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Leadership examples in criminal and civil fraud resolutions

United States v. Michael Morin, Case number 1:08CR00296-001

I led an investigative team, including the FBI, that obtained one of the few securities fraud convictions in the WDNY. Mr. Morin, former owner of SPOT Coffee, issued private securities to investors and failed to inform them of an outstanding FICA tax debt in the approximate amount of $750,000.00. Mr. Morin was convicted of 15 U.S.C.§78j(b), manipulative and deceptive devices, and sentenced to an eighteen month term of incarceration.

United States v. National Air Cargo, Inc., Case number 1:07CR00254

I led the civil investigation and primarily developed the criminal grand jury investigation in this defense fraud action. The investigation required multifaceted coordination involving the Defense Contract Audit Agency, the Defense Criminal Investigative Service, the FBI, the Department of Army Criminal Investigative Division and other agencies of the Armed Service. The investigation further required meeting at the Pentagon with the Secretary of the Air Force and the Undersecretary for Transportation and Logistics. National Air Cargo was convicted of 18 U.S.C. §1001, falsification of a material fact to the government, concerning the inflated charge for a military shipment. The civil and criminal resolution totaled $28,000,000.00.

United States v. Steven Bernstein, Case number 1:08CR00375

I led the criminal investigation involving the Department of Labor of the defendant’s failure to deposit in trust ERISA funds contributed by the employees of Copies, Inc. The defendant was convicted of 18 U.S.C. 664 concerning embezzlement from an employee benefit plan.

United States ex rel. Bates and Patrick v. Kyphon Inc., Case number 1:05CV06568

I led the civil investigation involving HHS OIG, the FBI, DOJ and CMS involving the alleged site of service misconduct by the defendant. The complaint alleged that Kyphon, Inc. promoted the kyphoplasty procedure to hospitals as an inpatient only procedure for Medicare patients. At the time, the qui tam was the first of its kind in alleging site of service misconduct due to the difficult liability predicate in proving the recklessness of the previously inviolate admission decision of the physician provider. Kyphon, Inc. settled and paid $75,000,000.00 in compromise of False Claims Act and common law causes of action.

United States ex rel. Bates and Patrick v. Kyphon Inc., Case number 1:05CV06568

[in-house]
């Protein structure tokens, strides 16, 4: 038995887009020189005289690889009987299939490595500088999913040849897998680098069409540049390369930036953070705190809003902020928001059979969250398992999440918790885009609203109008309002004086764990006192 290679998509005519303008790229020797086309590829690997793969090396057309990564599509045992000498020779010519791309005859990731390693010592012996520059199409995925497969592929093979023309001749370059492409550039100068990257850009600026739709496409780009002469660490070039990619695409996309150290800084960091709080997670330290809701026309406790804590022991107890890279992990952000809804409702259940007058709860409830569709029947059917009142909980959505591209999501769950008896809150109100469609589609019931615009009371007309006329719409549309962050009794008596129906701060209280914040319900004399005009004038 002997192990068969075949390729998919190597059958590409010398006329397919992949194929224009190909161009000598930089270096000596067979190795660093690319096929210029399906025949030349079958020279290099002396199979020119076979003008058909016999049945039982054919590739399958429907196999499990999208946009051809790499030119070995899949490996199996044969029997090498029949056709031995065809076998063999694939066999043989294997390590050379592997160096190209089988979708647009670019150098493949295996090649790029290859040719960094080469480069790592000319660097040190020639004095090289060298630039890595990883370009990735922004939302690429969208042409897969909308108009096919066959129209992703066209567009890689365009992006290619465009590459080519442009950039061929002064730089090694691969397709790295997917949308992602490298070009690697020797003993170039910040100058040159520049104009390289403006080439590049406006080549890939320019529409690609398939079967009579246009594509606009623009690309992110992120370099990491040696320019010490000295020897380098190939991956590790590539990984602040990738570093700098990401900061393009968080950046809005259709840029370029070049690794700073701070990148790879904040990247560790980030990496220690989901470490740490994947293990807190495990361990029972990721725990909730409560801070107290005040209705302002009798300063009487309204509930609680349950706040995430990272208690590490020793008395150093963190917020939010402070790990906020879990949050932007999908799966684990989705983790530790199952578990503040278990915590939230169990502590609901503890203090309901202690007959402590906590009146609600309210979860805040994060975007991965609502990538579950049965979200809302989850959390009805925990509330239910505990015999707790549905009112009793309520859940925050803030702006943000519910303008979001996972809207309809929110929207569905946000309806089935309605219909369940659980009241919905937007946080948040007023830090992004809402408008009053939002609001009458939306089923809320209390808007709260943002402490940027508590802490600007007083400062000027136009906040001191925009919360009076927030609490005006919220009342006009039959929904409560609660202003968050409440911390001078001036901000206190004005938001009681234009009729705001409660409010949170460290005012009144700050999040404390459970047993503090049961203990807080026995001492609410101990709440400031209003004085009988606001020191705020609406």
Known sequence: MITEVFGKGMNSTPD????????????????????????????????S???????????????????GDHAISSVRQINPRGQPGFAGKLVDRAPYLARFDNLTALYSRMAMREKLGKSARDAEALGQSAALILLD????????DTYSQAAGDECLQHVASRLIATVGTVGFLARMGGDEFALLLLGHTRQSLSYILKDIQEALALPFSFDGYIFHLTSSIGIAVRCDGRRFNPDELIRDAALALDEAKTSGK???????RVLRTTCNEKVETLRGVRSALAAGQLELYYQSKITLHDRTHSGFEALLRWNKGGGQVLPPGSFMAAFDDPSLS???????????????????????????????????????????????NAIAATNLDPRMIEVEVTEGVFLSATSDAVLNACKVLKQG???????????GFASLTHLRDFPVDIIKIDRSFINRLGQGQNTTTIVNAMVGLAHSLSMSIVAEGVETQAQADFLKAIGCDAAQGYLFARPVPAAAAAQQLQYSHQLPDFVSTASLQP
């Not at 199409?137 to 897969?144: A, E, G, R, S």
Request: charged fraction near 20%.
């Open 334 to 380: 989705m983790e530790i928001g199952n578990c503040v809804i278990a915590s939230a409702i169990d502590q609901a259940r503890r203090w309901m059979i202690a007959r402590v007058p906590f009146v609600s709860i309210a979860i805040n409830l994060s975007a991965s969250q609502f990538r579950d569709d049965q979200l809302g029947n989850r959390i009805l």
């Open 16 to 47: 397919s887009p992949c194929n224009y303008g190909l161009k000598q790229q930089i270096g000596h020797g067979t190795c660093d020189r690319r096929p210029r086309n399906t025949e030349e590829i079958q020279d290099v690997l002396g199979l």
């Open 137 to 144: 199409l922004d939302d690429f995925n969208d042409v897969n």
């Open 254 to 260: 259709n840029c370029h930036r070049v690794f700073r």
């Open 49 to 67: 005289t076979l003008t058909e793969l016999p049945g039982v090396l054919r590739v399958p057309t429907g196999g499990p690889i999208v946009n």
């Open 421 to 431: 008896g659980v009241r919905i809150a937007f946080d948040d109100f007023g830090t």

I thereafter led the follow up effort against the institutional providers implicated in the same scheme. The present settlements exceed $50,000,000.00. See, e.g., http://www.justice.gov/opa/pr/2012/February/12-civ-173.html.

In re Ultralife Batteries, Inc.

I led the civil investigation involving the Defense Criminal Investigative Service, Department of Army, Criminal Investigation Division, DOJ and Defense Contract Audit Agency concerning alleged Truth in Negotiation Act (TINA) and False Claims Act allegations of wrongdoing. The government alleged in this defective pricing investigation the defense contractor falsely certified certain cost and pricing certifications. The contractor settled for $2,700,000.00 in compromise of liability.

United States ex rel. Feins v. Genesee Valley Cardiothoracic, Case number 97CV6502

I led the civil investigation involving the FBI, HHS OIG and CMS concerning the difficult liability predicate of the medical necessity of an assistant attending physician in an Coronary Artery Bypass Graft procedure. The government alleged the cardiothoracic fellow obviated the necessity of an additional payment to the GVC assistant attending physician. The parties settled for $2,000,000.00–a significant qui tam settlement for that time period.

United States v. Lawrence Davis and Michael Groh, Case numbers 1:10CR00314 and 1:10CR00323

I led the criminal tax investigation in this multiple defendant action involving a six figure tax loss for multiple violations of tax evasion, 26 U.S.C. §7202. The defendants plead guilty to eight counts of tax evasion.

United States v. Charles Livecchi and CRL Management, Inc., Case number 03 CV6451

I led the civil team, including HUD OIG, through a five day trial resulting in a judgment in favor of the government for the requested relief of approximately $1,000,000.00. The government sought relief through the double damages provision of the HUD Equity Skimming statute, 12 U.S.C. 1715z-4a.

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